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Lactose Digestion in Humans

by
author image Matthew Fox, MD
Dr. Matthew Fox graduated from the University of California with a Bachelor of Arts in molecular, cell and developmental biology and received a M.D. from the University of Virginia. He is a pathologist and has experience in internal medicine and cancer research.
Lactose Digestion in Humans
A little girls drinking milk. Photo Credit MariaDubova/iStock/Getty Images

Lactose is a sugar that is common in milk and other dairy products. Since it is a carbohydrate, it can serve as a primary source of energy for the body. In the intestines lactose is broken down by the enzyme lactase. People have different levels of this enzyme. If the enzyme levels are low or absent, then lactose is acted on by bacteria in the intestine, causing bloating and stomach cramps.

Process of Digestion

Lactose passes from the stomach into the small intestine where the enzyme lactase, also known as beta-D-galactosidase, and lactase-phlorizin hydrolase cleaves the sugar molecule in half. The result is two single sugar units, one glucose molecule and one galactose molecule. These single unit sugar molecules are absorbed from the intestine into the bloodstream to be taken up by the cells and used for energy, according to "Lehninger Principles of Biochemistry" by Drs. David L. Nelson and Michael M. Cox.

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Digestion Across the Lifespan

Lactose is found in milk, including human milk. Infants are able to digest lactose because their bodies produce lactase. As a person gets older, lactase is no longer produced in most people, and they lose the ability to digest lactose. Scientists believe that this is due to the reliance on milk during youth in mammals, and reliance on nondairy foods in many populations after infancy. Rarely, someone is born without the lactase enzyme. These people are unable to digest lactose from birth; this is called congenital lactase deficiency.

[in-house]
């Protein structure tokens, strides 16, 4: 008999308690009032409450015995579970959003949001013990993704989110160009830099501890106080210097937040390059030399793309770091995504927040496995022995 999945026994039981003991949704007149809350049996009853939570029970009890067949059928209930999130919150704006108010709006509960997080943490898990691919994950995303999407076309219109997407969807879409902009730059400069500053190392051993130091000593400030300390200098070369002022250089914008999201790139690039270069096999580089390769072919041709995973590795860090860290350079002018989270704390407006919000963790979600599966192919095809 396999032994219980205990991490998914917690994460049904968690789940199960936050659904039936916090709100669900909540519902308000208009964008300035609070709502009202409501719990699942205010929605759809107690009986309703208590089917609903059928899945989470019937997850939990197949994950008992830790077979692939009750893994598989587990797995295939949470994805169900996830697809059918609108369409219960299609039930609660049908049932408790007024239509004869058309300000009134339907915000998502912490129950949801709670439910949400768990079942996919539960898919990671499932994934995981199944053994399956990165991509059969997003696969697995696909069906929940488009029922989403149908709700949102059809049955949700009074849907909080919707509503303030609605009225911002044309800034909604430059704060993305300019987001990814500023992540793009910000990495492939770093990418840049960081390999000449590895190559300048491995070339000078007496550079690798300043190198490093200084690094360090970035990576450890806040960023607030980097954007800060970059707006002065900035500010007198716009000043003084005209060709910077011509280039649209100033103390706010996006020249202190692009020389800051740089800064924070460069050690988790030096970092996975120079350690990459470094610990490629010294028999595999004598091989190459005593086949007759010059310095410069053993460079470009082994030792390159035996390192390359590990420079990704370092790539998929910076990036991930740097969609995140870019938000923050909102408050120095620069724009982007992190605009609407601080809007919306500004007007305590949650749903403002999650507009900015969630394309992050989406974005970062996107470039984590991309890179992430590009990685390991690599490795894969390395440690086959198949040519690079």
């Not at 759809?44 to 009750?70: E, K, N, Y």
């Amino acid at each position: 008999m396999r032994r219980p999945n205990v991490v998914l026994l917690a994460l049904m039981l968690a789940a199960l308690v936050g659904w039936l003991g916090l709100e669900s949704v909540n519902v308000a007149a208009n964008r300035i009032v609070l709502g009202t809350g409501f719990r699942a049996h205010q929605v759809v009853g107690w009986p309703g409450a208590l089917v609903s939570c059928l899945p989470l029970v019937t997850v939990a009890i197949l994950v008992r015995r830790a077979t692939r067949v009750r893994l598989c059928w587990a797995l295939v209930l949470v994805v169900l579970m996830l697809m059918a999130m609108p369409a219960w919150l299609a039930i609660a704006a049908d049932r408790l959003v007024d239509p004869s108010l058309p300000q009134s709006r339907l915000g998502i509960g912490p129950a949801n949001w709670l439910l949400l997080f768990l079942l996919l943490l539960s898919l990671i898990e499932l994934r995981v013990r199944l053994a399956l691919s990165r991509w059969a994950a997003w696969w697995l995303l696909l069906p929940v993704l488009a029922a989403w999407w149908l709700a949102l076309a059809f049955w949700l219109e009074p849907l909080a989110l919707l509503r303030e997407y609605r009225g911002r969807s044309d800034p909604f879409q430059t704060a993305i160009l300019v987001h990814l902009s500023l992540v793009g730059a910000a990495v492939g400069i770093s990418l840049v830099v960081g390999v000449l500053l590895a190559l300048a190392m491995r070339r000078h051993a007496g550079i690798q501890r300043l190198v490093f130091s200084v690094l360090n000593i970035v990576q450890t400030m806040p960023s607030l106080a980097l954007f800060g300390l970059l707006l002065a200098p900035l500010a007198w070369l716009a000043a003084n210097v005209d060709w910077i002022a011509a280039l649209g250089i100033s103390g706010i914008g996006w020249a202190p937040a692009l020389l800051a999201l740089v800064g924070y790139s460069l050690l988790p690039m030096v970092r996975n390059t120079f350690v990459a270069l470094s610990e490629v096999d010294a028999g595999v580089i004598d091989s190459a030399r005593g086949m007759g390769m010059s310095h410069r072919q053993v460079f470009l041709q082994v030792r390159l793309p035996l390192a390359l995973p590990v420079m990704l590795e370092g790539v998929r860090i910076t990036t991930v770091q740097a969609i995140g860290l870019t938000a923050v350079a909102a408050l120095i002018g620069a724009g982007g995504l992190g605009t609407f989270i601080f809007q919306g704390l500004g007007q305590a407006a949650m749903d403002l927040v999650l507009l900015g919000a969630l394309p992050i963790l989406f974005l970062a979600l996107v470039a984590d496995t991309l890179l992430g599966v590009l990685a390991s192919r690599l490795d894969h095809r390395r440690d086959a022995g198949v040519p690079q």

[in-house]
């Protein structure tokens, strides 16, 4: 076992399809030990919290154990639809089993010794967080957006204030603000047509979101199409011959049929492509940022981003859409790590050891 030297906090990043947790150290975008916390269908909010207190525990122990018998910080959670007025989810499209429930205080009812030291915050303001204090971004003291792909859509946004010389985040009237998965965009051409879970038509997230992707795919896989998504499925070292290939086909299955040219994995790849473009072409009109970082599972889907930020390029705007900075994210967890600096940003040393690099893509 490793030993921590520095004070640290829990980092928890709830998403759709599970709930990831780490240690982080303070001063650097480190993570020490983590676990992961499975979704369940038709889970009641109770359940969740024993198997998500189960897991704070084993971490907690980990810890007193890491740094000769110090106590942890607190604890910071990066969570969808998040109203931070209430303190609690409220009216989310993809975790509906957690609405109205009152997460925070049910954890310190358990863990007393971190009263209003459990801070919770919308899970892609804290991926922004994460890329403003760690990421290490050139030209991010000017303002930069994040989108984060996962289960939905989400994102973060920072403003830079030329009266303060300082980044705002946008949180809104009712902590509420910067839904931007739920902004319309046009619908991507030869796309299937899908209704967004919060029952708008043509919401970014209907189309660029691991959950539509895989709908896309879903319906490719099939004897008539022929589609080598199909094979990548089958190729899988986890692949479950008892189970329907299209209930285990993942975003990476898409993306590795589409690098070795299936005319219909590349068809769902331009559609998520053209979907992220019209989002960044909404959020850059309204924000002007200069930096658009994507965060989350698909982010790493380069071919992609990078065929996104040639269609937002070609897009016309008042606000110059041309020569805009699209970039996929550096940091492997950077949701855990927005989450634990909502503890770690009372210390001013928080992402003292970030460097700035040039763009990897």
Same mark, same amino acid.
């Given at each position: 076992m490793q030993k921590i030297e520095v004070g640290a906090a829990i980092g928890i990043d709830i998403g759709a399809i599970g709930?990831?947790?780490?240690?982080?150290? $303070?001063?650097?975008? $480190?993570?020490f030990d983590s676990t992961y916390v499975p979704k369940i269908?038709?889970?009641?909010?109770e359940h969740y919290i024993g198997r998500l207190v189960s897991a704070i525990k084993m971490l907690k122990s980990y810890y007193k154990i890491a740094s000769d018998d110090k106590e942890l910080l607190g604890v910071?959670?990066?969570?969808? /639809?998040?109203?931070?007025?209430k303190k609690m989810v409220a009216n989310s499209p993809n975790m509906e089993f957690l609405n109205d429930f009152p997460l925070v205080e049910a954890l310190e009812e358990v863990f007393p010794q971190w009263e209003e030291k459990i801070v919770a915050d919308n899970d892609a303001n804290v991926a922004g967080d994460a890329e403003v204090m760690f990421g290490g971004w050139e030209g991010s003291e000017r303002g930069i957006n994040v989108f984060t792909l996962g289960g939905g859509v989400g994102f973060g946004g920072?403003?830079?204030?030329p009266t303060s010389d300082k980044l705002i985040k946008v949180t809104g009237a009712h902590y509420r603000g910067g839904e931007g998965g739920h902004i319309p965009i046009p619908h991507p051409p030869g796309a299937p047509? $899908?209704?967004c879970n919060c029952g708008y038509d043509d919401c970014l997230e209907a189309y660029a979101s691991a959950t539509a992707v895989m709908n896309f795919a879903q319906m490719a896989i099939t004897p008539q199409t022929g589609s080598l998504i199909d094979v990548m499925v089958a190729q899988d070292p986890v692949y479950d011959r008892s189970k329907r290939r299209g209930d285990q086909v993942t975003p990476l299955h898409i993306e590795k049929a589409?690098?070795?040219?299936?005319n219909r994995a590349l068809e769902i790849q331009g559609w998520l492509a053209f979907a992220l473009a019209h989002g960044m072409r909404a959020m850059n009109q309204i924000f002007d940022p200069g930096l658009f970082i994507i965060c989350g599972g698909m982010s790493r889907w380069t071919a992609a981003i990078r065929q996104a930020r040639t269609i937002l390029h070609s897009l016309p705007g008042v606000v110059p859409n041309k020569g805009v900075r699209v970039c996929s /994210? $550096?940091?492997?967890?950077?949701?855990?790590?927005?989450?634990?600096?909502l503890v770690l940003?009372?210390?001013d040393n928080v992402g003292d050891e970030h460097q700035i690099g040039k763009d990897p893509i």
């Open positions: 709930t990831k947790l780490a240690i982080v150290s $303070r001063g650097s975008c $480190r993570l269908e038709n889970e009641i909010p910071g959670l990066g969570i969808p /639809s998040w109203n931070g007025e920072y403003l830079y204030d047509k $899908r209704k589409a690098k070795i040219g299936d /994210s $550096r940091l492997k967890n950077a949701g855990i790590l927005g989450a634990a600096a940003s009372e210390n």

Prevalence of Lactose Digestion and Problems

The majority of people are unable to digest lactose after they pass through early childhood. As noted in a 2007 article in "Nature Genetics" those who can digest lactose have a genetic difference on chromosome 2 that allows the lactase enzyme to continue to be expressed. Most of these people are descendants of people who lived in areas of the world that relied more heavily on dairy products for nutrition, such as western Europe and east Africa. Those who are descended from non-pastoral societies tend to have higher rates of this inability.

Problems with Digestion

If a person is unable to digest lactose they are said to have lactose intolerance. If a lactose-intolerant person consumes lactose, naturally occurring bacteria in the intestines act on the lactose, resulting in bloating, gas, cramps, nausea and diarrhea. Lactose intolerance can be treated by the avoidance of lactose or the ingestion of the enzyme lactase with dairy products.

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References

  • "Lehninger Principles of Biochemistry"; David L. Nelson and Michael M. Cox; 4th Ed. 2004
  • “Harrison’s Principles of Internal Medicine”; Anthony S. Fauci et al; 17th Ed. 2008
  • "Nature Genetics"; "Convergent adaptation of human lactase persistence in Africa and Europe"; Tishkoff et al; January 2007
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